Re: Whipbirds, Weather, Male chauvinism, & Conservation

To: Syd Curtis <>
Subject: Re: Whipbirds, Weather, Male chauvinism, & Conservation
From: WM James Davis <>
Date: Thu, 12 Feb 1998 13:08:36 +1000 (EST)
  I have visited Mt Cootha Park many time and encountered Eastern
Whipbirds on numerous occassions.  Having seen the male emit his whip
call, followed by a second bird calling from the bush. I must conclude. at
this point in time, that males are capable giving the first part of the

Your example of female Bay wrens singing first in a duet is
interesting, but please note that male and female bay wrens are
monomorphic and females sing to defend their territory from other females
- not to cement a pair bond between pairs.  Males do likewise.  (Having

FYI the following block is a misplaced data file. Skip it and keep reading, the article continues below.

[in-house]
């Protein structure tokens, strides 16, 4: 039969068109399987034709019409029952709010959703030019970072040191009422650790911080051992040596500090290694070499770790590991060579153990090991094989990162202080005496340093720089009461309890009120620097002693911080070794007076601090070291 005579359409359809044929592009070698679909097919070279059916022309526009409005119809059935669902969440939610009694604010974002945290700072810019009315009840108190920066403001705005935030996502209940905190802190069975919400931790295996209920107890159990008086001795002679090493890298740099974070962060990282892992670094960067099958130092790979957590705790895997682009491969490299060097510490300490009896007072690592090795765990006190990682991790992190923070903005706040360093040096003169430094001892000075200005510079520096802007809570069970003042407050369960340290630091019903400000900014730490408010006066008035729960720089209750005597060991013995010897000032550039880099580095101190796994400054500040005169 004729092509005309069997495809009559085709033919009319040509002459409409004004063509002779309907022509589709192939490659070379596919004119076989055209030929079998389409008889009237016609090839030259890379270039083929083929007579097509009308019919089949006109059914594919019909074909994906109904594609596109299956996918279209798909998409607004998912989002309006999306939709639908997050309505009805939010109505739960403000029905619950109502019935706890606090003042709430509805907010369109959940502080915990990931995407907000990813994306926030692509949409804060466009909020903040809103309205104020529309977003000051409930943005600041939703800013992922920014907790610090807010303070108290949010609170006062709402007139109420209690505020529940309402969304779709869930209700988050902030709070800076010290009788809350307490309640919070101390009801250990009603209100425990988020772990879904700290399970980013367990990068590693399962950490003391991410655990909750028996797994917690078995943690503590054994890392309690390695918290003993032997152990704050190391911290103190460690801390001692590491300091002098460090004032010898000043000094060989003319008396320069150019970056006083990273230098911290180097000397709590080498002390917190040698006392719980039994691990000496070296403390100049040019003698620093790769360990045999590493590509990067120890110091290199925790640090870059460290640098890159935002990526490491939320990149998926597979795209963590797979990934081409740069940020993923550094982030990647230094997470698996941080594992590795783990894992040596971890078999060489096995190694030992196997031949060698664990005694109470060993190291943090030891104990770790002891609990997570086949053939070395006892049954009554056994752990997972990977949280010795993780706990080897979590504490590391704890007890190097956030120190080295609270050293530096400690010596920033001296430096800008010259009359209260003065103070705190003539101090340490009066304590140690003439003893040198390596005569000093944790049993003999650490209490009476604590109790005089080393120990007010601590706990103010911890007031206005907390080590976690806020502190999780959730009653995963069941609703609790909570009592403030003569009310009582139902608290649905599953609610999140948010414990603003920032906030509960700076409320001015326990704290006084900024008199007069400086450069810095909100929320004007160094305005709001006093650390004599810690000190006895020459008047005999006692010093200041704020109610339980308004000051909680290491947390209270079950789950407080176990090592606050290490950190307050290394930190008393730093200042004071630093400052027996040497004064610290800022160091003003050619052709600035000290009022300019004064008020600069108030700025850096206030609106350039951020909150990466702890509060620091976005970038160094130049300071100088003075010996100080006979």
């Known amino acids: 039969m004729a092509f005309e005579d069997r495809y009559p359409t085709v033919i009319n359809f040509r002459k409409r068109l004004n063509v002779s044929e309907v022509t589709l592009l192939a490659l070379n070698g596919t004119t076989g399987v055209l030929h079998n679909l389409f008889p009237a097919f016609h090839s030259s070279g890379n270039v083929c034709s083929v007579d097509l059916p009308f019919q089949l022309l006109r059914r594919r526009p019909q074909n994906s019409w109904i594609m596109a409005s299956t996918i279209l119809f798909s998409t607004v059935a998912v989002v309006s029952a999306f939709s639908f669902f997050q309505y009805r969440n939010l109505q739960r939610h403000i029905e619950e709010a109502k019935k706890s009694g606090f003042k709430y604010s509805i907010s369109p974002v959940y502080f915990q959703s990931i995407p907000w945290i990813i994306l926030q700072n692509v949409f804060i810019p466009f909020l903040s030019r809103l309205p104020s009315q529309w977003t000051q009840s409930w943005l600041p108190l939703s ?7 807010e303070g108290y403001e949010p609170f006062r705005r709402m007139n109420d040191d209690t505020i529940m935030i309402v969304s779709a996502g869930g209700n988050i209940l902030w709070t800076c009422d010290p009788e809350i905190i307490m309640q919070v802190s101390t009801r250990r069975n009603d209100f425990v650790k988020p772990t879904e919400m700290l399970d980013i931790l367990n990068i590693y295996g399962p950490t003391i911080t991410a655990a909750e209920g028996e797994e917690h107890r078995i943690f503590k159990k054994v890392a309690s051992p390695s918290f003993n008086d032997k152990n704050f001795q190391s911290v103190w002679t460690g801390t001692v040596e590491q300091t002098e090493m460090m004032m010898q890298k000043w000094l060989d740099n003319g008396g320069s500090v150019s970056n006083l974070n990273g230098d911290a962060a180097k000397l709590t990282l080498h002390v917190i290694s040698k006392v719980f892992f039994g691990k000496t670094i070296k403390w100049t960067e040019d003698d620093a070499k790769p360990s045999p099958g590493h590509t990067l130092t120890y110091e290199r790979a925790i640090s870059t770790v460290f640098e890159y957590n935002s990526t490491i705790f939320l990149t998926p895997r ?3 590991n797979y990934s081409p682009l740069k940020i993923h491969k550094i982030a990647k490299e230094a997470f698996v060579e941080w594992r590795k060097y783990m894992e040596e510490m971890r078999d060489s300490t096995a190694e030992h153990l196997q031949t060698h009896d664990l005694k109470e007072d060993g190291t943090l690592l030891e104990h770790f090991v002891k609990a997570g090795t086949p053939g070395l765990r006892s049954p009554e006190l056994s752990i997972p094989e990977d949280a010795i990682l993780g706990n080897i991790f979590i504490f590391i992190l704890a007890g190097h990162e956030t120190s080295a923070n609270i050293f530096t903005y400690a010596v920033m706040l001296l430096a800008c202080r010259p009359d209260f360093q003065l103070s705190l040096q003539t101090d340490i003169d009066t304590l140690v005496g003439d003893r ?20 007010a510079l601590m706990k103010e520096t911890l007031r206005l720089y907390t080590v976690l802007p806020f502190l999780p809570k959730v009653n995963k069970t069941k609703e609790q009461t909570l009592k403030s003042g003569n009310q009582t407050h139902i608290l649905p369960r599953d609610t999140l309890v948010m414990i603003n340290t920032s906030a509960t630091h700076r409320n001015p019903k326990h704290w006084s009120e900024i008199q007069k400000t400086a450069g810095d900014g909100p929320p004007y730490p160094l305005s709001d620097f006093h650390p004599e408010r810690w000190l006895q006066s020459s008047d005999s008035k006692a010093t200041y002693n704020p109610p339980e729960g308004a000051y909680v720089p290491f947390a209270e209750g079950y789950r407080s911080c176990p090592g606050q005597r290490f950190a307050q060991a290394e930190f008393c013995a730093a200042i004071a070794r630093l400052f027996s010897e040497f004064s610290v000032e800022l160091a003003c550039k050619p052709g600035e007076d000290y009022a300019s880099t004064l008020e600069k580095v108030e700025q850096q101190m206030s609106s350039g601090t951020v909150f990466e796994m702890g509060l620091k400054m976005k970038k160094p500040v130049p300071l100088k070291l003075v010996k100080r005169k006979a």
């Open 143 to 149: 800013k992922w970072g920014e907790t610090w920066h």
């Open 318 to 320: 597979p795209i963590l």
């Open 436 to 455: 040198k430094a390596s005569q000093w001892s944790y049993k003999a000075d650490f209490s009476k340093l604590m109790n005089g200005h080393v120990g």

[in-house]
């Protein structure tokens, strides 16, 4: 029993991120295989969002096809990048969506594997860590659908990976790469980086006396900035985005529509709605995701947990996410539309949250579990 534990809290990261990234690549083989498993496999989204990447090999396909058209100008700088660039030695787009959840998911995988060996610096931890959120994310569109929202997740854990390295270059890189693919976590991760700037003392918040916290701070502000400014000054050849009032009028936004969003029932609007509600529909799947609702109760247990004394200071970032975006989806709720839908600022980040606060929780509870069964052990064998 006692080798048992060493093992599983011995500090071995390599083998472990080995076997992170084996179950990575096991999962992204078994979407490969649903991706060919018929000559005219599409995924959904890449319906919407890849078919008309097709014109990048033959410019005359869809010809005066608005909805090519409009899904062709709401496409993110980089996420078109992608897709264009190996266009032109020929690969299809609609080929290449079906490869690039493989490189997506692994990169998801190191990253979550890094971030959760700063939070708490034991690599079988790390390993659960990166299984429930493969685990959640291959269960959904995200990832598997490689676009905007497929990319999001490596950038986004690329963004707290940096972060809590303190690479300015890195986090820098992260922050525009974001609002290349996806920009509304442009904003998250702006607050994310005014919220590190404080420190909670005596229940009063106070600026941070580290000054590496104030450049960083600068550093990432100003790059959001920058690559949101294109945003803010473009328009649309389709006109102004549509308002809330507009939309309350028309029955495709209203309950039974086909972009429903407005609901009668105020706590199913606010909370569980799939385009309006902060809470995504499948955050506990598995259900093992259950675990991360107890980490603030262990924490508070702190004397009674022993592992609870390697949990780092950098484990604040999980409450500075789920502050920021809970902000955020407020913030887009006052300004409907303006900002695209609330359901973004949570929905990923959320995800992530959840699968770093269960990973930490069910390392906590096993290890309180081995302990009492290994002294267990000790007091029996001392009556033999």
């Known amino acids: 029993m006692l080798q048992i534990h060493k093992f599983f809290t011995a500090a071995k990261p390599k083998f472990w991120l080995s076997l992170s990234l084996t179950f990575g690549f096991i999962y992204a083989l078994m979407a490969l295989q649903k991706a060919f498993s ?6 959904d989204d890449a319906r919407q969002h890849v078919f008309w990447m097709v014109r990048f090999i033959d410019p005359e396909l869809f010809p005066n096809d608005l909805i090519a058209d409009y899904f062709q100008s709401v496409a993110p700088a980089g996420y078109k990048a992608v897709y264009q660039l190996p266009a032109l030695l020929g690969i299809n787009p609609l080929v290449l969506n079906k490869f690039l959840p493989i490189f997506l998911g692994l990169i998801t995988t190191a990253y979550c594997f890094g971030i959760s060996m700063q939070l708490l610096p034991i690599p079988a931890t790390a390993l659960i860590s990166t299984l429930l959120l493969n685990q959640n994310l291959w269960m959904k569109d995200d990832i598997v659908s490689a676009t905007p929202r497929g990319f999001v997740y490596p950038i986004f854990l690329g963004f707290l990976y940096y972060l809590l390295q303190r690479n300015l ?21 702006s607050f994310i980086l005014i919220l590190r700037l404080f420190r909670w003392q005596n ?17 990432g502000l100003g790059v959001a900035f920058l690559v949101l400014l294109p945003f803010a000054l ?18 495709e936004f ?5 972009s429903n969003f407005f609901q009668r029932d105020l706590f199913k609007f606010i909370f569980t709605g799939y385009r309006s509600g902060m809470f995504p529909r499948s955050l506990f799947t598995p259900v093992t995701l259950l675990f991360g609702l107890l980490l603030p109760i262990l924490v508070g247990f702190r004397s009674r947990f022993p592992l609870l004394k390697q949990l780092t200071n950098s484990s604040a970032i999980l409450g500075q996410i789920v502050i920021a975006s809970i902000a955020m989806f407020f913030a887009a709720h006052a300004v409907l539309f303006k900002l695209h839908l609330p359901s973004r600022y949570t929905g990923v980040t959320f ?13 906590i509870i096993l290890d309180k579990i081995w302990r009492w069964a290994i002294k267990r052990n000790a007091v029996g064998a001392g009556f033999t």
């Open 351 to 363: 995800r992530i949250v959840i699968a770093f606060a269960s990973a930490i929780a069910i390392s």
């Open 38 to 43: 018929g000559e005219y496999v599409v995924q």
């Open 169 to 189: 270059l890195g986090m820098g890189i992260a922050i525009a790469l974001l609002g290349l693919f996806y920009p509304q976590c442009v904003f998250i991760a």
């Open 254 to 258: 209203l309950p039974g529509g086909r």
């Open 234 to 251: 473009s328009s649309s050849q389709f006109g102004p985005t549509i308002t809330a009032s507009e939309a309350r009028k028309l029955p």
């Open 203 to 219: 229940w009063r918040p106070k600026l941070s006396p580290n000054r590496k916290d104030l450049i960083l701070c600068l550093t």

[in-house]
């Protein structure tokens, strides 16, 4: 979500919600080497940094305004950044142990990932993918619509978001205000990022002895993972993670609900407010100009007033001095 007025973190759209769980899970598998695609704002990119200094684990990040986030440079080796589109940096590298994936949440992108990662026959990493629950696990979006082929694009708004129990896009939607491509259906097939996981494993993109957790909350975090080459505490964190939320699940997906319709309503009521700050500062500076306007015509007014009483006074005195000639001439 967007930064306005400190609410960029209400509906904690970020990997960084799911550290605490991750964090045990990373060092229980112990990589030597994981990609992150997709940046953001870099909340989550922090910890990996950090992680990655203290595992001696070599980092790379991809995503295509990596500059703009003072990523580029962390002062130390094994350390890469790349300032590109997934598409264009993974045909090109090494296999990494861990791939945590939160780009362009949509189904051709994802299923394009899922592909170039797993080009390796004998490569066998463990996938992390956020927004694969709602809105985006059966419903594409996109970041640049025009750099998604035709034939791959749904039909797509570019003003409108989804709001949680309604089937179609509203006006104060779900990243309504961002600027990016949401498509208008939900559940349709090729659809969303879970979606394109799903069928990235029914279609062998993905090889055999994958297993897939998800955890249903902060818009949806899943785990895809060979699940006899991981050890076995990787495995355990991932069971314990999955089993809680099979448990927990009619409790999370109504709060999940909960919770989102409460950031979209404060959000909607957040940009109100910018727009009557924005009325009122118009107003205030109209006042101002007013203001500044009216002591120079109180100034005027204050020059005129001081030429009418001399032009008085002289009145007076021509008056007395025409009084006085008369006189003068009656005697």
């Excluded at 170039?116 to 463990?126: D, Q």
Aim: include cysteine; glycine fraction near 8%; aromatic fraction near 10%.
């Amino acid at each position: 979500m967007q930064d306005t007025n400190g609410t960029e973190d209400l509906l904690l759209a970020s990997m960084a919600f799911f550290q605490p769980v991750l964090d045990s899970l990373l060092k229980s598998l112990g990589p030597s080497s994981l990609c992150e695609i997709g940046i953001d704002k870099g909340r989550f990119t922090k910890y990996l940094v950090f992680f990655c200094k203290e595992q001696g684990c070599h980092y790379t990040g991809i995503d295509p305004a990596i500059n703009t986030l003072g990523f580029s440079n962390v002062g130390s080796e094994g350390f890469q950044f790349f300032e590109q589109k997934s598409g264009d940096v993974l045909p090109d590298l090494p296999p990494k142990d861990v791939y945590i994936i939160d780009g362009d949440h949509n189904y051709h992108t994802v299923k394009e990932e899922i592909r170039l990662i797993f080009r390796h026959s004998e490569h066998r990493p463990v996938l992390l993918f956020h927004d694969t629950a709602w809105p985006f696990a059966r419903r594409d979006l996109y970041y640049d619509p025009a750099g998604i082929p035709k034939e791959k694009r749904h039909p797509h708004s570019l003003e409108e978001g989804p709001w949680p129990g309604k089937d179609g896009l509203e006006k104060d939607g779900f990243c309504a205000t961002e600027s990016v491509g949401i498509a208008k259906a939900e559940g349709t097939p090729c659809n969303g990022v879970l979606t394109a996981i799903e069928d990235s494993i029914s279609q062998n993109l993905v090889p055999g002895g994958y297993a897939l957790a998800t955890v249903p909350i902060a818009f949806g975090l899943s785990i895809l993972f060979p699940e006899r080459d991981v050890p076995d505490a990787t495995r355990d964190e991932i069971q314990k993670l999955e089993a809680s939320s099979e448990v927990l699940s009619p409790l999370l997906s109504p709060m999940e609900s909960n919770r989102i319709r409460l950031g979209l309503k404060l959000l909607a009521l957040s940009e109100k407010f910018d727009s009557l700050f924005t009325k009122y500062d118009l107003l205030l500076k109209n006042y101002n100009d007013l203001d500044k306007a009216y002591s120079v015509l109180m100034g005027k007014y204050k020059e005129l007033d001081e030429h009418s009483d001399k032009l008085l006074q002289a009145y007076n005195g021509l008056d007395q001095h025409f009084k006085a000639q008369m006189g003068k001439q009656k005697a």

read some of this literature I suspect, but not sure that there are more
females in the population than there are males - hence intense competition
between female Bay Wrens.)  I also believe that females and males share
the same song repertorie.  With regard to whipbirds, the sexes are not
monomorphic in plumage or vocal behaviour (as far as I know).  

Second, I have not observed any association between occurrences of
storms and vocal behaviour; that is upcoming storms arriving hours 
into the future, etc. as you suggest.  Whipbirds do seem to respond,
however, to changing levels of light intensity that can occur when a
nearby storm approaches.

Cheers, Jim


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